Yesterday I had an utterly splendid time visiting the Midlands, popping into Cadbury World (the happiest place on earth with a scrummy shop), Birmingham (with obligatory stop in the Art Gallery and Museum, obviously) and then on to Wolverhampton for the National Trust property Wightwick Manor. The reason for my visit (other than the amazing collection) was their current exhibition, 'Beyond Ophelia'...
|The Haunted Wood|
This is only the second exhibition of Siddal's work ever, which is astonishing as she is one of the most iconic of all Pre-Raphaelite women, but seeing how much of her work both exists and is in public hands I suppose it's equally unsuprising. Wightwick Manor hold the second largest collection of her work, after the Ashmolean, after the Mander family (whose home and collection Wightwick is) bought the treasures at auction in the 1960s. During this year of celebrating 100 years since women started to get the vote and the current interest in women's part in this art movement (excuse my shameless book plug) then Wightwick have created a timely and touching exhibition of Siddal's work.
|Lovers listening to Music|
On display are a collection of Siddal's pencil sketches, two jewel-like oils and extracts of her poetry. When the precious sketches were removed from their mounts, some were found to be double-sided and those have been ingeniously framed in a hinged display that allows access to the sketches. The museum nerd in me was absolutely fascinated in that particular piece of display...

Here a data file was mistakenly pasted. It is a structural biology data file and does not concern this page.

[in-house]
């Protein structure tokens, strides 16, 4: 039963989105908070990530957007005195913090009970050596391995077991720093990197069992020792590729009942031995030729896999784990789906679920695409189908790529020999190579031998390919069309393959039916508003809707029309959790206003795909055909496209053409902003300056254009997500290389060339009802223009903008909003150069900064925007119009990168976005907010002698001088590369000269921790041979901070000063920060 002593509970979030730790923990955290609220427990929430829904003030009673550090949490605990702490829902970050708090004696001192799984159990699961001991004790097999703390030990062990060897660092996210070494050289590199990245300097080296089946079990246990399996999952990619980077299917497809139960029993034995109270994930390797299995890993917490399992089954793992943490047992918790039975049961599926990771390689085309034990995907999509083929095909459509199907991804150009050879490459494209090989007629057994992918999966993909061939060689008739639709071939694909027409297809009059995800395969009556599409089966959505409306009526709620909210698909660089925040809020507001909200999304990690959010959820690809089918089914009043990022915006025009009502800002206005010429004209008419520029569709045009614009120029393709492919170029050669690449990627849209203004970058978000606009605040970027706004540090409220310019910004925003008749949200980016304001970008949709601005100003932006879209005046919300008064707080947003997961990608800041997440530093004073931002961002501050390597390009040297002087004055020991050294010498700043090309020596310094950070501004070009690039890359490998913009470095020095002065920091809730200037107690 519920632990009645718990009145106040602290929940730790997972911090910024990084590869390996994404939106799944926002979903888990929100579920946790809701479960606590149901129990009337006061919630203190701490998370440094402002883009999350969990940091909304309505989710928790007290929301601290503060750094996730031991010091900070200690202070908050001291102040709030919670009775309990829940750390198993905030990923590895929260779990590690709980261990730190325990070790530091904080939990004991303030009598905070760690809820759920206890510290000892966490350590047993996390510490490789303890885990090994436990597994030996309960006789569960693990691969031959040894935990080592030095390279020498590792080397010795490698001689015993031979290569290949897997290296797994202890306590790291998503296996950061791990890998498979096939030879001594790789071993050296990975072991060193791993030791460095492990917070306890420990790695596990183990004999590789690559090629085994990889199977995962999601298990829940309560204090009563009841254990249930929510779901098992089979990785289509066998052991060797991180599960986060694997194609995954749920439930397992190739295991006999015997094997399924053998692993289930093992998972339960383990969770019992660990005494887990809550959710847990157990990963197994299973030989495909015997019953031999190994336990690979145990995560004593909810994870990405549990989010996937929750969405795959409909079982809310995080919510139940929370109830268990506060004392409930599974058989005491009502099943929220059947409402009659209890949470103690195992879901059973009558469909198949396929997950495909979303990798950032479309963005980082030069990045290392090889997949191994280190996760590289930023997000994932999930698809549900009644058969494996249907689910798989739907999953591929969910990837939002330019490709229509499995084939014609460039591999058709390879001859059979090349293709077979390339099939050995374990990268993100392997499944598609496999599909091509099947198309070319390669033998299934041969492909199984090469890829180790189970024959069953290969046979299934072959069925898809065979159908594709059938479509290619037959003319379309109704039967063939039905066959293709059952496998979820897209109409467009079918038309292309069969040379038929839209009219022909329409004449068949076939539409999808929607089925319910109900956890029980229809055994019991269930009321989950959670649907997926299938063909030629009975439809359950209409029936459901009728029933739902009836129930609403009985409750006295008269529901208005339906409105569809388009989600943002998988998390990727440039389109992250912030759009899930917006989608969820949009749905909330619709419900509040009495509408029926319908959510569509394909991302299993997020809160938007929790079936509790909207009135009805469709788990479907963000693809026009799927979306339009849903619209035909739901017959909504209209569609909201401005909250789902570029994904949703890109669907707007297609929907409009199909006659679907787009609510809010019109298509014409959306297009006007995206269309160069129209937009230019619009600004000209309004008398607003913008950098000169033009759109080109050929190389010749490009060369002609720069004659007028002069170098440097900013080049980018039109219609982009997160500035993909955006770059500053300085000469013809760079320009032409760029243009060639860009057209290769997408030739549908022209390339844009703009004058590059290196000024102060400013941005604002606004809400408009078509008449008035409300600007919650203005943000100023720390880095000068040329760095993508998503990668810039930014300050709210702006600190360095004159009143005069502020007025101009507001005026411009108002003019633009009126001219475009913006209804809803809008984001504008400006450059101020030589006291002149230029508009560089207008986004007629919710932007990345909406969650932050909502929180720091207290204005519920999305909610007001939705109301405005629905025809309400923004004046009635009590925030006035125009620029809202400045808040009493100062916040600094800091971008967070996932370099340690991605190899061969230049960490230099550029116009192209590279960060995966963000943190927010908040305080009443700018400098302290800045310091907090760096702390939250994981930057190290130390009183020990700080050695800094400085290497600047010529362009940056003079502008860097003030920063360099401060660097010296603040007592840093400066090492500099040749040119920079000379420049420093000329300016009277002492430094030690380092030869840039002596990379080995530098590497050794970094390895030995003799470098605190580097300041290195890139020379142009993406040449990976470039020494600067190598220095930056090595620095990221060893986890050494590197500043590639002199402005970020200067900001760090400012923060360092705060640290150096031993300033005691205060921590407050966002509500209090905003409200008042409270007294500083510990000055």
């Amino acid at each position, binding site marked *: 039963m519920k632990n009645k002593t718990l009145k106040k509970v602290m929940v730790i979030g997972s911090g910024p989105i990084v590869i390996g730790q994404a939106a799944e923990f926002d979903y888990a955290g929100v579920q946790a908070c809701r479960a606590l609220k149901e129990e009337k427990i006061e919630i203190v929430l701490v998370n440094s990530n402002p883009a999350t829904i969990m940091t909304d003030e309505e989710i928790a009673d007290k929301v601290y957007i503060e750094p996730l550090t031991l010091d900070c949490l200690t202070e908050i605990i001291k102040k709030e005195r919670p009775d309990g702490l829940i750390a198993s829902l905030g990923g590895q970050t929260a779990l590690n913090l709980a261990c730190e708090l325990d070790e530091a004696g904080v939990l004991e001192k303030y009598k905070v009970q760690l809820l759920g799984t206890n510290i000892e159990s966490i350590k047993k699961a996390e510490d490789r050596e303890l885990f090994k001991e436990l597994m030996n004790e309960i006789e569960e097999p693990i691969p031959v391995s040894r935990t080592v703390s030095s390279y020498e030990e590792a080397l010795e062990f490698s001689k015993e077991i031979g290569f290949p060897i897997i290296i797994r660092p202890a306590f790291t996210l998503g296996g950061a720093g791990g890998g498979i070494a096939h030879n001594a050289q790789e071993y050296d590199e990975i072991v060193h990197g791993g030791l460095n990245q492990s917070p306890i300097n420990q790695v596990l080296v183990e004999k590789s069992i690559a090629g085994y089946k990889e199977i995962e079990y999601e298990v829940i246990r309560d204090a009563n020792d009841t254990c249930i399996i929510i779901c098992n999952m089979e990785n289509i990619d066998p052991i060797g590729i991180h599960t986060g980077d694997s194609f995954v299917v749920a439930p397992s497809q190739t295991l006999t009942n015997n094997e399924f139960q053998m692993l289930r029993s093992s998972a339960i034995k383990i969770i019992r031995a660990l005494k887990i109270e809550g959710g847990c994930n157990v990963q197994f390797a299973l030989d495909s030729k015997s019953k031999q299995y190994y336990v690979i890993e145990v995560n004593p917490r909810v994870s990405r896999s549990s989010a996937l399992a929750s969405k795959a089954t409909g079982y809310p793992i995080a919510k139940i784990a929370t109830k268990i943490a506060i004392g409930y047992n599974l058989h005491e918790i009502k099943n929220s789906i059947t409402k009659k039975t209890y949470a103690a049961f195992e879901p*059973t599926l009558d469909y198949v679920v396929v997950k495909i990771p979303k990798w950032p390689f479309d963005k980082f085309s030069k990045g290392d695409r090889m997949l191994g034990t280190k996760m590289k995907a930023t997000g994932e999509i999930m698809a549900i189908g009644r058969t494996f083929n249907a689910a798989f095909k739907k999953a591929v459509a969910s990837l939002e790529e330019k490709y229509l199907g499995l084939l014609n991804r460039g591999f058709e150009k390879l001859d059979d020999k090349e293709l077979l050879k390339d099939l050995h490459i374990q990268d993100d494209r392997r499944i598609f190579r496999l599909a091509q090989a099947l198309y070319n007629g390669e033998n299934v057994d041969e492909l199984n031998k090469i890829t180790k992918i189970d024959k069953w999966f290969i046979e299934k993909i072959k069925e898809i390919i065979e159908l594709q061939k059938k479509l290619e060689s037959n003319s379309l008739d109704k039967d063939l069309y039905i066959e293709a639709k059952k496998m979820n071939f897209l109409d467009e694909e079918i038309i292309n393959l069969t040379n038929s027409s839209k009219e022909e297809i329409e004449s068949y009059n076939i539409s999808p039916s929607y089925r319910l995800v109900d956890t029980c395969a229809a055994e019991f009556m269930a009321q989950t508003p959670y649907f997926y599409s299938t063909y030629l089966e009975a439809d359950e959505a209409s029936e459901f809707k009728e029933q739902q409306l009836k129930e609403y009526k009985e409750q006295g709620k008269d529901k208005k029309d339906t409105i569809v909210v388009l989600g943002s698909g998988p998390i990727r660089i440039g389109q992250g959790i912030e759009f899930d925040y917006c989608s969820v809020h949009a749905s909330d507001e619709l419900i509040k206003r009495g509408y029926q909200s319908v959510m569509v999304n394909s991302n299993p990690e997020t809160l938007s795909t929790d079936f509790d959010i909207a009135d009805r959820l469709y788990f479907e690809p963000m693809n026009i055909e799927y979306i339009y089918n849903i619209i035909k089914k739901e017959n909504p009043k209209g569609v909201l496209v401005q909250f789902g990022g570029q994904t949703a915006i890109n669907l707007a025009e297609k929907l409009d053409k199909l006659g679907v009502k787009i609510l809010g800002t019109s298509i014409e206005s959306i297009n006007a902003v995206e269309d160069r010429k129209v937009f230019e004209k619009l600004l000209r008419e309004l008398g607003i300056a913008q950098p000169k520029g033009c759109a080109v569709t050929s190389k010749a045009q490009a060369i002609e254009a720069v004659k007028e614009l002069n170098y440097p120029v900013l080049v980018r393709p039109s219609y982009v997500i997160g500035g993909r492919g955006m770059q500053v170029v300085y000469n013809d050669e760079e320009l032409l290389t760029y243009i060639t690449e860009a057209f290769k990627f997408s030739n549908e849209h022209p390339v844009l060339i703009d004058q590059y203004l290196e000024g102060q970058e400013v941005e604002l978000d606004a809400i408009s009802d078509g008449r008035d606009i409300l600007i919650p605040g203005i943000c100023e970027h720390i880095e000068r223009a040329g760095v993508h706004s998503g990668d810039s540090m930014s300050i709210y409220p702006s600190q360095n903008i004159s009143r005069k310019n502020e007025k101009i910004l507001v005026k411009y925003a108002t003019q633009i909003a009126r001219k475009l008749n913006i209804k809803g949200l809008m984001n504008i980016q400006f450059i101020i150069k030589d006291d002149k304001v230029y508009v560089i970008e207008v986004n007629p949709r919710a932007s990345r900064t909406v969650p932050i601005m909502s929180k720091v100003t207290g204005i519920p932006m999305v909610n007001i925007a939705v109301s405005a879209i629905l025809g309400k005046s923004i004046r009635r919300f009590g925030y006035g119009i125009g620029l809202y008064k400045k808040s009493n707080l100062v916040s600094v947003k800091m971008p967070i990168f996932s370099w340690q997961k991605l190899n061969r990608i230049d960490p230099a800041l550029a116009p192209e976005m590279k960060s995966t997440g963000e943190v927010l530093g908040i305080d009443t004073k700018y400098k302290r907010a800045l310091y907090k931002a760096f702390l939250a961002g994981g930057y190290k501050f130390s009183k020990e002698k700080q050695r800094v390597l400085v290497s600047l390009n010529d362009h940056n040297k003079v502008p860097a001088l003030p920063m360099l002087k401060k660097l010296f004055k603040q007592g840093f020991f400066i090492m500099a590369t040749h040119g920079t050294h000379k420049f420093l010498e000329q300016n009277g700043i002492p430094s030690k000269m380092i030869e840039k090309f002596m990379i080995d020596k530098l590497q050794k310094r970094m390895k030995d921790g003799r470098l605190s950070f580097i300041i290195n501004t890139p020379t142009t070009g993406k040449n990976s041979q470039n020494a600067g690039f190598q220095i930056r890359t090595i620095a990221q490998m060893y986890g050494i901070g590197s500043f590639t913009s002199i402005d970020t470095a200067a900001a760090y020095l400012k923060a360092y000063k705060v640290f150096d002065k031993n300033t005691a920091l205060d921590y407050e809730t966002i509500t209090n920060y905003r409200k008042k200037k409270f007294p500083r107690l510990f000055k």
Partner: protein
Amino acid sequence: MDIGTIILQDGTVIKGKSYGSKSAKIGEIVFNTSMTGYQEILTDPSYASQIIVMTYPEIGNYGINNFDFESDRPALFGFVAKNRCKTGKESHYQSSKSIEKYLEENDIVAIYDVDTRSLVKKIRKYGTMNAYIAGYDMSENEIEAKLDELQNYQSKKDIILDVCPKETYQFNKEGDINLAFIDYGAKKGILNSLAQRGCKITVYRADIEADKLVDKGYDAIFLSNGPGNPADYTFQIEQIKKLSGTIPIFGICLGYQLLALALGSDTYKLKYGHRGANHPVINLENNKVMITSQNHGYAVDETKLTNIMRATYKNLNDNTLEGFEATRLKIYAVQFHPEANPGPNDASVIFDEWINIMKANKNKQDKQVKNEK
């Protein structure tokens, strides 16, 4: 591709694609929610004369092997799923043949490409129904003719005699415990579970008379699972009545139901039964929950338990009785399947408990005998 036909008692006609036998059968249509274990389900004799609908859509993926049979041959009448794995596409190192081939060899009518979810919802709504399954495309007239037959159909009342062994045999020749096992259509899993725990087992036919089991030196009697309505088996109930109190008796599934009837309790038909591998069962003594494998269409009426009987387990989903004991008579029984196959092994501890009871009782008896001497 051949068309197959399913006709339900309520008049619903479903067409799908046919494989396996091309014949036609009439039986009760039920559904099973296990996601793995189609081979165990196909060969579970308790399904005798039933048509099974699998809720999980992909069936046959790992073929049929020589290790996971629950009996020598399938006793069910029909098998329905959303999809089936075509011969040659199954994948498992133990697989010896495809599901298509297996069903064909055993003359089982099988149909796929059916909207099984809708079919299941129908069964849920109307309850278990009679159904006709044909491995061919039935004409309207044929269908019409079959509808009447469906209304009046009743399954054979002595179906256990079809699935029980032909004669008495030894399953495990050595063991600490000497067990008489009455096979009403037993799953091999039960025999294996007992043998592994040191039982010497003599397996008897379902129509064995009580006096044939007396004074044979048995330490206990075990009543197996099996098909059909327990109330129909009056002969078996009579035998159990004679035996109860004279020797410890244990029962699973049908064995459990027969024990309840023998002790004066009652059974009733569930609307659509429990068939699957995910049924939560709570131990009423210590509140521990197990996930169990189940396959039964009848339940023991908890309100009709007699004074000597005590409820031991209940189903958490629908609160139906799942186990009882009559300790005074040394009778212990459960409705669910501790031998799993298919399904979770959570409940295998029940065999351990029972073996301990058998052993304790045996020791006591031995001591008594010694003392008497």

|St Cecilia (1860)|
The exhibition takes up only one room (with magnificent Morris wallpaper) but the key with Siddal's work is quality, not quantity. Lord knows I've been to some massive exhibitions at the national museums and left not feeling any closer to the subject than when I'd walked in the first of the rooms. With 'Beyond Ophelia' Wightwick have achieved the damn near impossible task of making you forget that Miss Siddal had been that poor lass in the bath tub and brought you face-to-face with her as a serious artist and poet of great potential. I loved the intimacy of the room which even on a busy Saturday was never over-crowded and, together with the whole cavalcade of exceptional Pre-Raphaelite paintings on show in the house, gave one of the most complete and enjoyable Pre-Raphaelite experiences you can have this year.
|St Agnes' Eve (1850)|
Many thanks to the lovely Hannah Squire, curator of the exhibition for both my badge, showing me around the exhibition and letting me twiddle her frame (if you excuse the expression), and I thoroughly encourage you to pay the exhibition a visit. It's on until Christmas Eve and more information is available here.